Will a chargeback cost me anything?
You may be charged if your chargeback application is unsuccessful. Check with your bank about its policy.
What if the bank says “no”?
If your bank declines your application and you think it’s acted unfairly, take your case to the Banking Ombudsman.
The ombudsman will look at whether:
- you were given good information about how to dispute a transaction
- your bank processed the chargeback request appropriately
- your bank correctly assessed the retailer’s response to the chargeback
- the credit card company’s time frames for chargebacks were followed.
Most complaints to the Banking Ombudsman are from consumers disputing payments when they think they’ve been misled by the retailer or discovered the service was a scam.
If your complaint is upheld, the ombudsman may award compensation. Your bank may also be told to process your chargeback application if it hasn’t done so.
I ordered one brand of TV but was delivered another. The company won't refund my money. Would I qualify for a chargeback?
Yes. When goods aren’t as described, and the supplier refuses to put things right, that’s grounds for a chargeback. The bank is likely to require evidence of what was ordered and what was delivered, and proof it was returned or that the seller has refused to accept the return.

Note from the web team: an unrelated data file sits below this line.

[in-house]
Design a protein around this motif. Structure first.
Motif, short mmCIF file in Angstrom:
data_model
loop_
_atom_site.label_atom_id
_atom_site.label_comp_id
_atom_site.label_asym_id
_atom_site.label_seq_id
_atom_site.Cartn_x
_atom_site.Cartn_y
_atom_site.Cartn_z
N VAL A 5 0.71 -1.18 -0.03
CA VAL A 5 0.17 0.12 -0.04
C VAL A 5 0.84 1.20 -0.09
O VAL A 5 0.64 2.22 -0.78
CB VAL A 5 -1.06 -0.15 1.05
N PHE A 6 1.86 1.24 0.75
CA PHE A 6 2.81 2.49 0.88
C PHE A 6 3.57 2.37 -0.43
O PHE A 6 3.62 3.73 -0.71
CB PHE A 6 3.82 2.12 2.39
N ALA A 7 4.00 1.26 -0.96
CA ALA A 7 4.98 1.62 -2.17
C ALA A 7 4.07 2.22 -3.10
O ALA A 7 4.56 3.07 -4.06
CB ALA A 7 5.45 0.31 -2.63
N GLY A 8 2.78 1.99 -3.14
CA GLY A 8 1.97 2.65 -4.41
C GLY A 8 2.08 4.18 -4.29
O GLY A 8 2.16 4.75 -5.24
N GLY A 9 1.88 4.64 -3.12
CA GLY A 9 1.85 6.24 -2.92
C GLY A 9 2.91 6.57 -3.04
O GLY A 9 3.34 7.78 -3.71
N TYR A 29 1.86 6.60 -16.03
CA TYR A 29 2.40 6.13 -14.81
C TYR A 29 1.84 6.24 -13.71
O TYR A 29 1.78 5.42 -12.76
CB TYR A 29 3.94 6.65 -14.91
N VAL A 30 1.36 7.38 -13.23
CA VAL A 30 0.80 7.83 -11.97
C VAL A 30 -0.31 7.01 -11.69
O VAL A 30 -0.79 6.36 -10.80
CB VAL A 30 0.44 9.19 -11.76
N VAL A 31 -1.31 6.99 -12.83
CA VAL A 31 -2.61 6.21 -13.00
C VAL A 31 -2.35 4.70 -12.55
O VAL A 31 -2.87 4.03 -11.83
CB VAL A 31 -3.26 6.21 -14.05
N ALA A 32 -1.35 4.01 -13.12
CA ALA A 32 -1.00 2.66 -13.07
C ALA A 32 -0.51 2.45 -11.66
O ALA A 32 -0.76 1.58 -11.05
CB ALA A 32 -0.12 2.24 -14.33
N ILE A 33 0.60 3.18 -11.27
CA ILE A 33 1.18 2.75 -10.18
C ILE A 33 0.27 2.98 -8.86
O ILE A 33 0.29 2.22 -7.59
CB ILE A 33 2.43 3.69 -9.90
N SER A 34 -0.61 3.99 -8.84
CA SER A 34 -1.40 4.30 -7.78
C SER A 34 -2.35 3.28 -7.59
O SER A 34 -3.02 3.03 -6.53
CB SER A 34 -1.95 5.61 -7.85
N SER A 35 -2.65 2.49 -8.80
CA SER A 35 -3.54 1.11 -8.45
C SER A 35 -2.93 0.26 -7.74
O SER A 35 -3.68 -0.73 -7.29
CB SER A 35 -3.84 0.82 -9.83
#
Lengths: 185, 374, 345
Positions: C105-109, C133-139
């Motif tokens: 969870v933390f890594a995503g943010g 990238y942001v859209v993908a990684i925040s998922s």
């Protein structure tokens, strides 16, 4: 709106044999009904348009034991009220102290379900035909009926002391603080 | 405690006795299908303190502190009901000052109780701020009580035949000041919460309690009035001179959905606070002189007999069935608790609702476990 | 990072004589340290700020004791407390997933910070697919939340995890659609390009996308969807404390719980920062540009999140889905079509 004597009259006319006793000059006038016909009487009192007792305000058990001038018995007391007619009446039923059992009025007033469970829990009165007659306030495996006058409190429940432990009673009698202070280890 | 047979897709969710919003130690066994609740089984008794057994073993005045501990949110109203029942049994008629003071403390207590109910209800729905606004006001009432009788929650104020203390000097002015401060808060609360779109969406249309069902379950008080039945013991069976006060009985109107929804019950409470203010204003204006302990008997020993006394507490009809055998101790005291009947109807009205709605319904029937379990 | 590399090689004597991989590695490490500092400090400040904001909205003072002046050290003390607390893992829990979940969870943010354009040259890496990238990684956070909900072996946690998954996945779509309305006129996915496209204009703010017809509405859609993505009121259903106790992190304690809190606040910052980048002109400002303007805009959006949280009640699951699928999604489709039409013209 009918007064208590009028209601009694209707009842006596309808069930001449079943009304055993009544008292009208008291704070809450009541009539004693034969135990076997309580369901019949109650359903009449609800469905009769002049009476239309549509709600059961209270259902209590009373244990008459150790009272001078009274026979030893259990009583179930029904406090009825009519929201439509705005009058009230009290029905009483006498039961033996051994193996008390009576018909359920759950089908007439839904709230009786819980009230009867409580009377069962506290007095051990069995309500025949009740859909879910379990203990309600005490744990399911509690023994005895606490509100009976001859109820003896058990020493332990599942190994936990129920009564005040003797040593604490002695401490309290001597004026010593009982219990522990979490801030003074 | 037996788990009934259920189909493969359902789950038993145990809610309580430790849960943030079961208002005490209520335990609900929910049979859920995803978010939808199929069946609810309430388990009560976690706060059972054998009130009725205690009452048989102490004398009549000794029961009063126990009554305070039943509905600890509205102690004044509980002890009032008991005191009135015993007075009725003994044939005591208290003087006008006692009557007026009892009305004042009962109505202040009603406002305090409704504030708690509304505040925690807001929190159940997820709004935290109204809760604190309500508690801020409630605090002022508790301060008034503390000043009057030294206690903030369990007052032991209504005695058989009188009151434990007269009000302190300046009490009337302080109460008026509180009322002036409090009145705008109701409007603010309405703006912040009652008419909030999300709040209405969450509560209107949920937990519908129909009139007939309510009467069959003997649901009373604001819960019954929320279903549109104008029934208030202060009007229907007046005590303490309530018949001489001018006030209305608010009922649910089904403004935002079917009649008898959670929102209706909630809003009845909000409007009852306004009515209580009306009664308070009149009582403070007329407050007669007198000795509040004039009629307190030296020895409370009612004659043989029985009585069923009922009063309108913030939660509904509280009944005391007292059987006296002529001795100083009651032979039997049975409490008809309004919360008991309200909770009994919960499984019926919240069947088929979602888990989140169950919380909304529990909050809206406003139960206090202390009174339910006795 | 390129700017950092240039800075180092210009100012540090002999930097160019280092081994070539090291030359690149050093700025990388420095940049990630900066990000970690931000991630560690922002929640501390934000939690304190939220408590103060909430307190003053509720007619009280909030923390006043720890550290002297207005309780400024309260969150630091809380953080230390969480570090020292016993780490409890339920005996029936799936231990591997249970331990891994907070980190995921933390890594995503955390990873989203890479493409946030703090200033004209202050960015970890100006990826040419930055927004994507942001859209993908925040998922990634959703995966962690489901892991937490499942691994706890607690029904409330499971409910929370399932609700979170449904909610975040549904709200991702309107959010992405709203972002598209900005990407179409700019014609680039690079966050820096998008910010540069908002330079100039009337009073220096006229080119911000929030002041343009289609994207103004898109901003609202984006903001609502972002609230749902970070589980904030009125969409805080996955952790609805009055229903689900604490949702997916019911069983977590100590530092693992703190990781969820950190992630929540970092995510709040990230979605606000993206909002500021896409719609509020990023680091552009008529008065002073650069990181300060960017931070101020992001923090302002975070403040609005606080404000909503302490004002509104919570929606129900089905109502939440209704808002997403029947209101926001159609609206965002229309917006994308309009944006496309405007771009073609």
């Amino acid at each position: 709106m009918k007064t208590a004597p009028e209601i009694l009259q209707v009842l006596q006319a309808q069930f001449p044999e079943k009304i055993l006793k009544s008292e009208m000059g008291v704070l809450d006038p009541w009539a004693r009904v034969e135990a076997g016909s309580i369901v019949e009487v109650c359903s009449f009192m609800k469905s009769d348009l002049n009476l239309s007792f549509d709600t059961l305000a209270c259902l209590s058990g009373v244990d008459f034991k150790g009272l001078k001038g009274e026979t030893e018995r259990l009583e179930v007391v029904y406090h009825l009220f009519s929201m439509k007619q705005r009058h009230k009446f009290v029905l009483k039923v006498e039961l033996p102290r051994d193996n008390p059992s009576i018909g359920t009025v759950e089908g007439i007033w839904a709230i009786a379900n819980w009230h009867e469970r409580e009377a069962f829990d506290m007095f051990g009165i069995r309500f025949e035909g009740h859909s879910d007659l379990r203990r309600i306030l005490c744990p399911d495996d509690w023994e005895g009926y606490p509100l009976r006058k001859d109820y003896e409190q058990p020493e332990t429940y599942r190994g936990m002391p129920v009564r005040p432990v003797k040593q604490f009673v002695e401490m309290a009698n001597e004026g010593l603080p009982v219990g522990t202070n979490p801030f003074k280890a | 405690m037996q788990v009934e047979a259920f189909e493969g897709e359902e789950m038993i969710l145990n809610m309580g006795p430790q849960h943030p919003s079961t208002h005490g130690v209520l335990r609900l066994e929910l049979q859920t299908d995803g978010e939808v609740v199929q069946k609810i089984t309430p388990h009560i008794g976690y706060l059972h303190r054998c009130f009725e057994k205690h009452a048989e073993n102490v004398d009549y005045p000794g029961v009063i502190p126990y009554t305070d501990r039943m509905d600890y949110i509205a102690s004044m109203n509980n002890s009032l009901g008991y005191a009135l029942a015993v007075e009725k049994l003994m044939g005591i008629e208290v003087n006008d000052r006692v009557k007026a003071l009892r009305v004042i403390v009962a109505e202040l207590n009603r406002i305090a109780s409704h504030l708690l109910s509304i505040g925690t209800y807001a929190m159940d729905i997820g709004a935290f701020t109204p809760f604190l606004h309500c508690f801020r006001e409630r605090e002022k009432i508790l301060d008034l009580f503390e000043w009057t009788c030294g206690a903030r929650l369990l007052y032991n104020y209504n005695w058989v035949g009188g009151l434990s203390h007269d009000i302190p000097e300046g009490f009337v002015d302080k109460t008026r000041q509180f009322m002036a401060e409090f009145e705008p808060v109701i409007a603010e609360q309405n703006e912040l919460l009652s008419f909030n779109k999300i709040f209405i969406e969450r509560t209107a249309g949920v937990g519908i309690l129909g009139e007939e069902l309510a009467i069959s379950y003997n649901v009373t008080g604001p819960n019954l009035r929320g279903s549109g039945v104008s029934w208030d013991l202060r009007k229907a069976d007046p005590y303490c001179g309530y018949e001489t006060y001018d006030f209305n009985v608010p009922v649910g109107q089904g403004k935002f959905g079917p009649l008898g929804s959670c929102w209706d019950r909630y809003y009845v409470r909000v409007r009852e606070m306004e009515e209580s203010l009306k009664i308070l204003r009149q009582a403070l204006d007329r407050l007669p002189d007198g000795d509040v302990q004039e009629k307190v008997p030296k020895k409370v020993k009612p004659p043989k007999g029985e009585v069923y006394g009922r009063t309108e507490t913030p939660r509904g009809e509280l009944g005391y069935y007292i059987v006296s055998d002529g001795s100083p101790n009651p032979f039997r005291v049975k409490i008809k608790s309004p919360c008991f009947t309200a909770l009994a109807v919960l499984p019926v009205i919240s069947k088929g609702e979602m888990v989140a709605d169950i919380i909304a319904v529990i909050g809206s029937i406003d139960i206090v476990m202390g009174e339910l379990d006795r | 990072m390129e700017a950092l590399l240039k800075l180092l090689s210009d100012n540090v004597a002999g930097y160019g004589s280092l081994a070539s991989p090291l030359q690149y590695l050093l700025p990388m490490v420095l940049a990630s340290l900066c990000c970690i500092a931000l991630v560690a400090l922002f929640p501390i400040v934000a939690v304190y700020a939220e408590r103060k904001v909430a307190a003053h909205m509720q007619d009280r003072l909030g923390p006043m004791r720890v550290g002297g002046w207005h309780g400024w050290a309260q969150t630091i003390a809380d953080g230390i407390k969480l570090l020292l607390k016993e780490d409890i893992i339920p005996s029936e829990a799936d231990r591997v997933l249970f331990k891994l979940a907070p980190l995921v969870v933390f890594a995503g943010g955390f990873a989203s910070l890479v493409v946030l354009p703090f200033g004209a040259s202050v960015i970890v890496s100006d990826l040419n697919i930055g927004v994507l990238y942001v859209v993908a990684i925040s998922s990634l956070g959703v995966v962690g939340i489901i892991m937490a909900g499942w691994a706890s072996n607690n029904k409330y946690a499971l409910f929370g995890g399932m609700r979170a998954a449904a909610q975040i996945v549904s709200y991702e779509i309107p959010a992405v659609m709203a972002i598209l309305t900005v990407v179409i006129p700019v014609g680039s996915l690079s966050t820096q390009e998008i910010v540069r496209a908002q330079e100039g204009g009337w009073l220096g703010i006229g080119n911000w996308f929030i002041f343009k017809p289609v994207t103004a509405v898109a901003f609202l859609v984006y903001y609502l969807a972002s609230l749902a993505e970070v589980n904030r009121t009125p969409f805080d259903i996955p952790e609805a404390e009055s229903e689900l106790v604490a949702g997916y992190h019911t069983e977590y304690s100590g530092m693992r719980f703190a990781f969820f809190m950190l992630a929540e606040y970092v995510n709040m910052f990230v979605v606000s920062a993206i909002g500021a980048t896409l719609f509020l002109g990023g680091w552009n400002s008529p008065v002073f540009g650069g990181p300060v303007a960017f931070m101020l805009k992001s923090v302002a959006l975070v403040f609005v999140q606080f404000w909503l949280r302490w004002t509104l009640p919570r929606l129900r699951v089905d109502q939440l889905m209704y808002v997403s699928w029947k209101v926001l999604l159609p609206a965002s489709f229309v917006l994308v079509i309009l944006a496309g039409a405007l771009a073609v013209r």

I paid a deposit for a lounge suite but the business went bankrupt before it was delivered. Can I get a chargeback?
Yes. If a trader goes bust before you get your goods, you can apply for your bank for a chargeback.
The same applies if you’ve paid for a service, such as a plane ticket or holiday package, and the company goes under.
When STA Travel went into liquidation, customers who paid for tickets with a credit or debit card were able to apply to their bank for a chargeback.
What if the store’s account doesn't contain enough money to cover the chargeback?
The bank should still refund you and pass the charge on to the retailer's bank, which then has to try to retrieve it from the retailer.
I bought a study course with an unconditional 30-day money-back guarantee. I sent the goods back within 30 days but never received the refund. Is a chargeback available?
Yes. If the retailer has failed to provide the refund promised, you can apply for a chargeback.
When you return goods, keep evidence you’ve sent them back and that the retailer has received them.
I bought a computer from a store the other day but have now found a better deal elsewhere. Can I reverse the purchase?
No. You can't get a chargeback simply because you found a better offer elsewhere or just changed your mind. The only exception would be if the store promised to refund the difference if you found a better price at another store. If it failed to provide the promised refund, you can apply for a chargeback.
One of the things we’re most proud of is when we can help our members get a fair deal. Here are some of the recent times we've helped people deal with their consumer issues.